The small-aperture NORESS array in Norway has been designed for improving signal-to-noise ratios at high frequencies (1 to 15 Hz). While the main motivation for this has been to enhance the capabilities for detecting and characterizing weak seismic events at regional distances, it has been found that the array is also very effective in the teleseismic distance range, in particular for Eurasia. This results from a combination of two factors: (1) due to high Q paths, Eurasian earthquake and explosion recordings generally show high dominant frequencies, typically in the range of 1.5 to 4.0 Hz, where the noise level at the site is low; and (2) the array provides a particularly high signal-to-noise ratio gain of 12 to 14 dB (0.6 to 0.7 mb units) at these frequencies.

Analysis of NORESS on-line detection performance shows that there are large regional variations, even within small epicentral areas. This is interpreted as resulting mainly from signal focusing effects underneath the source areas, in analogy to the receiver focusing effects earlier observed across large arrays. A detailed study of NORESS recordings of underground nuclear explosions at the Semipalatinsk Test Site has shown that relative to worldwide mb, NORESS has a significant positive mb bias. It is highest (1.0 mb units) for the eastern part (Shagan River) and somewhat lower (0.4 mb units) for the western parts (Degelen/Konystan), although there is a fair amount of scatter within each area.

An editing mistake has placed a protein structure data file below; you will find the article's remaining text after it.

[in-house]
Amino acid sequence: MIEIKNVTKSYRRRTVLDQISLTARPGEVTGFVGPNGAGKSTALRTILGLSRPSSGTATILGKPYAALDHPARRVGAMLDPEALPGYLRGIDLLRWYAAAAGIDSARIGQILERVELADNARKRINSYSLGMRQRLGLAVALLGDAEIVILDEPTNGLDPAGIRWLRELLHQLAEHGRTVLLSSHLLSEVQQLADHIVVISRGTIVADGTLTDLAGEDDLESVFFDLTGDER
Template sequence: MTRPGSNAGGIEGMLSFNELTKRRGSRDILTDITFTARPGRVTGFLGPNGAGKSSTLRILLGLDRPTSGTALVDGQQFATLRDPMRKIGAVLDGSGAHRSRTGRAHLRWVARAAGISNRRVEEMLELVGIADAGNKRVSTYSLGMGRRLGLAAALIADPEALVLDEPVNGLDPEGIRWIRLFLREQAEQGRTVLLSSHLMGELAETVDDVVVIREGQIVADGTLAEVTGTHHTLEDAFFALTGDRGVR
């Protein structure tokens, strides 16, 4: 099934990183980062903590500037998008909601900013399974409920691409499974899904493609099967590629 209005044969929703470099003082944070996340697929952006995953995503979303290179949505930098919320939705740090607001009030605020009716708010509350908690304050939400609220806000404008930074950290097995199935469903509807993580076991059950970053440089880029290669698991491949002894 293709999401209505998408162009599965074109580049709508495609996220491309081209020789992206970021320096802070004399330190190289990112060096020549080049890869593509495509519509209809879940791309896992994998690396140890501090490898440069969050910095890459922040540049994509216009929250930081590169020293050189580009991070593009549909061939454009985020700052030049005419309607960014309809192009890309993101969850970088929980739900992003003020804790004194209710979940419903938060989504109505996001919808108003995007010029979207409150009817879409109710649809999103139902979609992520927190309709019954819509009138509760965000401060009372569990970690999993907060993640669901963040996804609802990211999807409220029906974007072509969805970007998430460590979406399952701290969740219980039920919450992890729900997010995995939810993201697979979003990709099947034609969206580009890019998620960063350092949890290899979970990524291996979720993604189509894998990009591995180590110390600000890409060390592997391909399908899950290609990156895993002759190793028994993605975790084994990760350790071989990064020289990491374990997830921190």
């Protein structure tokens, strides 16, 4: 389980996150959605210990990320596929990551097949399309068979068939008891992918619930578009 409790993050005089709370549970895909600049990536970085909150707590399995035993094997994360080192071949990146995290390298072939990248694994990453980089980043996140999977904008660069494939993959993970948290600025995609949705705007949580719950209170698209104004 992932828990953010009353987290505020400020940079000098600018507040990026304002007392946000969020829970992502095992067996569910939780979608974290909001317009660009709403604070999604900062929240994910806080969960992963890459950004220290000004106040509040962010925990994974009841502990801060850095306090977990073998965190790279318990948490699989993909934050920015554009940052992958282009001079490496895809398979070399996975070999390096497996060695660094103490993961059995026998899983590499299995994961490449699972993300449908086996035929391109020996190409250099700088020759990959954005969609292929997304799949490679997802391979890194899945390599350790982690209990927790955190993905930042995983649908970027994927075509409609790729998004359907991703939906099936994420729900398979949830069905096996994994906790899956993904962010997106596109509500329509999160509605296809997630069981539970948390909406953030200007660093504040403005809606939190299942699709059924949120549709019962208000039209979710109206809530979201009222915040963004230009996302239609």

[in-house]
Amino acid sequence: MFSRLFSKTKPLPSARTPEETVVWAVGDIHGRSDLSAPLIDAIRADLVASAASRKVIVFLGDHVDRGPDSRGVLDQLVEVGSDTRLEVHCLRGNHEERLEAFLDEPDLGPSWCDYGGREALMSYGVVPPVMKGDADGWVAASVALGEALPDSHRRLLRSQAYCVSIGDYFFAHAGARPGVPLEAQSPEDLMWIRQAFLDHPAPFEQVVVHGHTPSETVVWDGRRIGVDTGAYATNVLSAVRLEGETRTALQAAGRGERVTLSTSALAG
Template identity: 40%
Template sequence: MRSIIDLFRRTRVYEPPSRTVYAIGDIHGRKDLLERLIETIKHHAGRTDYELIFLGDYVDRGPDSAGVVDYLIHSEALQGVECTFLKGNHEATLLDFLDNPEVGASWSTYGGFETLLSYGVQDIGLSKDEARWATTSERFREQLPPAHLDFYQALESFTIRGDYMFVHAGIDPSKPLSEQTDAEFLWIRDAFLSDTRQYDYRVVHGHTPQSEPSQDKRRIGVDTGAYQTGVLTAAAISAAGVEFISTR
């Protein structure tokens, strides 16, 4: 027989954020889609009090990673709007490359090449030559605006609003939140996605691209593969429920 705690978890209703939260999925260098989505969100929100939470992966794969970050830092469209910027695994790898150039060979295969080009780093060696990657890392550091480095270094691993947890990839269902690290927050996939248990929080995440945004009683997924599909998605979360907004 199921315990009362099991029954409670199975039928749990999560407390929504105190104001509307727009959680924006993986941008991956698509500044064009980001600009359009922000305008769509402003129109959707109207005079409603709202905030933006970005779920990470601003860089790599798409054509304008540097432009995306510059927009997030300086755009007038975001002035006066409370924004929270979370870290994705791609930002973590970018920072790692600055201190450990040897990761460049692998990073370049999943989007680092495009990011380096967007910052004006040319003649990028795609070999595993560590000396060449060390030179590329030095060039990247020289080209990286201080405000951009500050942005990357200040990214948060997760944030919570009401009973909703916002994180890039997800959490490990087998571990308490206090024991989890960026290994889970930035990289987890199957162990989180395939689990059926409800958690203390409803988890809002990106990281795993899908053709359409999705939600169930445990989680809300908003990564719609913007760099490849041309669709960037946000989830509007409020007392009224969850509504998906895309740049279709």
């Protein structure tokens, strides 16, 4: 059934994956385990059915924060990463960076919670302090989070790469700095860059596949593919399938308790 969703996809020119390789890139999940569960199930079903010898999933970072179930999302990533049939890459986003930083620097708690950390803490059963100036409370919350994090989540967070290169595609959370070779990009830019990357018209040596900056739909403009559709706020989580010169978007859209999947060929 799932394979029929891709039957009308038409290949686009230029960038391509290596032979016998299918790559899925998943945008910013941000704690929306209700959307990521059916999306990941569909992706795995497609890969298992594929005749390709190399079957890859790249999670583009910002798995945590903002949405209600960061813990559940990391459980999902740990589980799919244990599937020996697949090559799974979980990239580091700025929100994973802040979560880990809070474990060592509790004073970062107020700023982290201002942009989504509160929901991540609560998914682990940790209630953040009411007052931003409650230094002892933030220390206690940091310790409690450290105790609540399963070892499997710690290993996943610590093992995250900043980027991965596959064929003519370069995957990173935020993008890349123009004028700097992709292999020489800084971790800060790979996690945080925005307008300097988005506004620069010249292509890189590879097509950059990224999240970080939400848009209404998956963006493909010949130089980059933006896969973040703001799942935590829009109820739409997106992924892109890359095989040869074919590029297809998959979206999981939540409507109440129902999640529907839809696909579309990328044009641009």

Analyzing observed signal-to-noise ratios at the NORESS site for a set of low-yield nuclear explosions at Semipalatinsk, with published yields available in the Soviet literature, it is estimated that fully coupled explosions of yields as low as 0.1 kt would be detectable by NORESS under normal noise conditions. However, to give a precise threshold is difficult because of the low number of reference events available and the significant amount of extrapolation involved.

It is emphasized that this detection level will not be achieved in cases when the noise level is abnormally high (e.g., in the coda of a large earthquake) or if coupling conditions are not optimal (e.g., in the case of full or partial cavity decoupling). It must also be noted that the event identification threshold is necessarily higher than the signal detection threshold.

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